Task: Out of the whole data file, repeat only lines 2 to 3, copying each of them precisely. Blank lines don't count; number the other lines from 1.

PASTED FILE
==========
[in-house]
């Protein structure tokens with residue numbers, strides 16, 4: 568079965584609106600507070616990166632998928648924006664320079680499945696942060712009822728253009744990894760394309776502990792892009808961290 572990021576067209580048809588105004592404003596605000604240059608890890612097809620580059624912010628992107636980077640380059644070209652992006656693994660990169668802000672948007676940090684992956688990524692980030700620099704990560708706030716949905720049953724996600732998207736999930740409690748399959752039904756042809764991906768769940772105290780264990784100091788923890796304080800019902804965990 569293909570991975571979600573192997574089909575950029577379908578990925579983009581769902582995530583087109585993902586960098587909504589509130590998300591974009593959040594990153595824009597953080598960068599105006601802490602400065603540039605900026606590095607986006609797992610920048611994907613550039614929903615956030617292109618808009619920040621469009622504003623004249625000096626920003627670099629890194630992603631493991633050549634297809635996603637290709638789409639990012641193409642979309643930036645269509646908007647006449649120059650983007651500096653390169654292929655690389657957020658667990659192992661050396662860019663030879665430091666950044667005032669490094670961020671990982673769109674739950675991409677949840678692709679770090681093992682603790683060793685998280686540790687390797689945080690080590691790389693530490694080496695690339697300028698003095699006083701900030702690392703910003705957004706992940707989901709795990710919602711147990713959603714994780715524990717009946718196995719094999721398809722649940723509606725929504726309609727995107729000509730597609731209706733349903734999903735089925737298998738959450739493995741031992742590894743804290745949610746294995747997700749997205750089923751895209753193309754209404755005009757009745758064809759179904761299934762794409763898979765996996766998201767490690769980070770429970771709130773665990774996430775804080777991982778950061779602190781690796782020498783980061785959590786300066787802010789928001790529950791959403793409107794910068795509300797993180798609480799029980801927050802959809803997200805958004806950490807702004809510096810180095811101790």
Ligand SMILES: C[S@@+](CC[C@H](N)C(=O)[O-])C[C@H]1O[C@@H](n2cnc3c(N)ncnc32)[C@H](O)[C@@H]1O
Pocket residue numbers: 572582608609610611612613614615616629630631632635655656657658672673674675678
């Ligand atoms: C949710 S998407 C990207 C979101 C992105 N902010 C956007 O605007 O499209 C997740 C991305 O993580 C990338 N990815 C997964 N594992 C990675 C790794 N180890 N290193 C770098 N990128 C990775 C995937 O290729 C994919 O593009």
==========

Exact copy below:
């Protein structure tokens with residue numbers, strides 16, 4: 568079965584609106600507070616990166632998928648924006664320079680499945696942060712009822728253009744990894760394309776502990792892009808961290 572990021576067209580048809588105004592404003596605000604240059608890890612097809620580059624912010628992107636980077640380059644070209652992006656693994660990169668802000672948007676940090684992956688990524692980030700620099704990560708706030716949905720049953724996600732998207736999930740409690748399959752039904756042809764991906768769940772105290780264990784100091788923890796304080800019902804965990 569293909570991975571979600573192997574089909575950029577379908578990925579983009581769902582995530583087109585993902586960098587909504589509130590998300591974009593959040594990153595824009597953080598960068599105006601802490602400065603540039605900026606590095607986006609797992610920048611994907613550039614929903615956030617292109618808009619920040621469009622504003623004249625000096626920003627670099629890194630992603631493991633050549634297809635996603637290709638789409639990012641193409642979309643930036645269509646908007647006449649120059650983007651500096653390169654292929655690389657957020658667990659192992661050396662860019663030879665430091666950044667005032669490094670961020671990982673769109674739950675991409677949840678692709679770090681093992682603790683060793685998280686540790687390797689945080690080590691790389693530490694080496695690339697300028698003095699006083701900030702690392703910003705957004706992940707989901709795990710919602711147990713959603714994780715524990717009946718196995719094999721398809722649940723509606725929504726309609727995107729000509730597609731209706733349903734999903735089925737298998738959450739493995741031992742590894743804290745949610746294995747997700749997205750089923751895209753193309754209404755005009757009745758064809759179904761299934762794409763898979765996996766998201767490690769980070770429970771709130773665990774996430775804080777991982778950061779602190781690796782020498783980061785959590786300066787802010789928001790529950791959403793409107794910068795509300797993180798609480799029980801927050802959809803997200805958004806950490807702004809510096810180095811101790």
Ligand SMILES: C[S@@+](CC[C@H](N)C(=O)[O-])C[C@H]1O[C@@H](n2cnc3c(N)ncnc32)[C@H](O)[C@@H]1O